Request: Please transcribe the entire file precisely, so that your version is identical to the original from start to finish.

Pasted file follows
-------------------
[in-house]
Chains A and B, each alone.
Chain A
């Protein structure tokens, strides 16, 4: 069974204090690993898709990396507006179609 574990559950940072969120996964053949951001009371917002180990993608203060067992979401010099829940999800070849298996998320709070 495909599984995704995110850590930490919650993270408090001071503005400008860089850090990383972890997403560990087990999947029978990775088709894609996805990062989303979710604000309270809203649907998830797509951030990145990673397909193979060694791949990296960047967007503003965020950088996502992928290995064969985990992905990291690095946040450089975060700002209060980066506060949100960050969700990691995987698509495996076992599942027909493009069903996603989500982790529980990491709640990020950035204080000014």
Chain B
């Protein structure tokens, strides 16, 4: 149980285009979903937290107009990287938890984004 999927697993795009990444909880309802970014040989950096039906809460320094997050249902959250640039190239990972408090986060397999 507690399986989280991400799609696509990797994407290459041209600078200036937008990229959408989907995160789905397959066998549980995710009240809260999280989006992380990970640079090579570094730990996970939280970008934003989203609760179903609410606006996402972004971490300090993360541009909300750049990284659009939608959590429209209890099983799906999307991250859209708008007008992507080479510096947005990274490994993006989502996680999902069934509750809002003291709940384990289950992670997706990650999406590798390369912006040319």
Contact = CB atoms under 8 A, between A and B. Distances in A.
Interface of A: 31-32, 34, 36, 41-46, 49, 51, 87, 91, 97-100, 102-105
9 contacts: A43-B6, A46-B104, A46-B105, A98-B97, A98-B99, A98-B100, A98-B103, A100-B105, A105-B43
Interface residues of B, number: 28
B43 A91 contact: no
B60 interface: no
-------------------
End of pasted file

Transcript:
[in-house]
Chains A and B, each alone.
Chain A
């Protein structure tokens, strides 16, 4: 069974204090690993898709990396507006179609 574990559950940072969120996964053949951001009371917002180990993608203060067992979401010099829940999800070849298996998320709070 495909599984995704995110850590930490919650993270408090001071503005400008860089850090990383972890997403560990087990999947029978990775088709894609996805990062989303979710604000309270809203649907998830797509951030990145990673397909193979060694791949990296960047967007503003965020950088996502992928290995064969985990992905990291690095946040450089975060700002209060980066506060949100960050969700990691995987698509495996076992599942027909493009069903996603989500982790529980990491709640990020950035204080000014």
Chain B
């Protein structure tokens, strides 16, 4: 149980285009979903937290107009990287938890984004 999927697993795009990444909880309802970014040989950096039906809460320094997050249902959250640039190239990972408090986060397999 507690399986989280991400799609696509990797994407290459041209600078200036937008990229959408989907995160789905397959066998549980995710009240809260999280989006992380990970640079090579570094730990996970939280970008934003989203609760179903609410606006996402972004971490300090993360541009909300750049990284659009939608959590429209209890099983799906999307991250859209708008007008992507080479510096947005990274490994993006989502996680999902069934509750809002003291709940384990289950992670997706990650999406590798390369912006040319």
Contact = CB atoms under 8 A, between A and B. Distances in A.
Interface of A: 31-32, 34, 36, 41-46, 49, 51, 87, 91, 97-100, 102-105
9 contacts: A43-B6, A46-B104, A46-B105, A98-B97, A98-B99, A98-B100, A98-B103, A100-B105, A105-B43
Interface residues of B, number: 28
B43 A91 contact: no
B60 interface: no